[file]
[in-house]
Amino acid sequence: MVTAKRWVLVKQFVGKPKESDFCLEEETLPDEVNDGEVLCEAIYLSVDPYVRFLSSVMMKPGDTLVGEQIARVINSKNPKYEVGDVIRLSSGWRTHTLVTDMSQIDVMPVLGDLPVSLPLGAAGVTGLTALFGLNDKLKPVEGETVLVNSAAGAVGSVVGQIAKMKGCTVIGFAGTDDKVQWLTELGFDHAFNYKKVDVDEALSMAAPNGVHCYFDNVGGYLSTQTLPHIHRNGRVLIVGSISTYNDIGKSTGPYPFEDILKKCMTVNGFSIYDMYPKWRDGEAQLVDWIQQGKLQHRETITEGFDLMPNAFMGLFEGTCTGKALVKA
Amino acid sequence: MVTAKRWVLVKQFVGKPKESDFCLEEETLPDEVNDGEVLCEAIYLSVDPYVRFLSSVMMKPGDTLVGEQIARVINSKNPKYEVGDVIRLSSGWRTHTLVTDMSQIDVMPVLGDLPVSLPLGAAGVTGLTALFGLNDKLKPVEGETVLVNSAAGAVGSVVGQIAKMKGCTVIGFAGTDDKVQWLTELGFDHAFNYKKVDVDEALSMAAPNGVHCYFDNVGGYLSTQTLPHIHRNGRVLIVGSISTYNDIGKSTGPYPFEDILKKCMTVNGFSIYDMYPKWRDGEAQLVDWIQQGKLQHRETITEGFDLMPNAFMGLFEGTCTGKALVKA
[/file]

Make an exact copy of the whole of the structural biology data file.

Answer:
[in-house]
Amino acid sequence: MVTAKRWVLVKQFVGKPKESDFCLEEETLPDEVNDGEVLCEAIYLSVDPYVRFLSSVMMKPGDTLVGEQIARVINSKNPKYEVGDVIRLSSGWRTHTLVTDMSQIDVMPVLGDLPVSLPLGAAGVTGLTALFGLNDKLKPVEGETVLVNSAAGAVGSVVGQIAKMKGCTVIGFAGTDDKVQWLTELGFDHAFNYKKVDVDEALSMAAPNGVHCYFDNVGGYLSTQTLPHIHRNGRVLIVGSISTYNDIGKSTGPYPFEDILKKCMTVNGFSIYDMYPKWRDGEAQLVDWIQQGKLQHRETITEGFDLMPNAFMGLFEGTCTGKALVKA
Amino acid sequence: MVTAKRWVLVKQFVGKPKESDFCLEEETLPDEVNDGEVLCEAIYLSVDPYVRFLSSVMMKPGDTLVGEQIARVINSKNPKYEVGDVIRLSSGWRTHTLVTDMSQIDVMPVLGDLPVSLPLGAAGVTGLTALFGLNDKLKPVEGETVLVNSAAGAVGSVVGQIAKMKGCTVIGFAGTDDKVQWLTELGFDHAFNYKKVDVDEALSMAAPNGVHCYFDNVGGYLSTQTLPHIHRNGRVLIVGSISTYNDIGKSTGPYPFEDILKKCMTVNGFSIYDMYPKWRDGEAQLVDWIQQGKLQHRETITEGFDLMPNAFMGLFEGTCTGKALVKA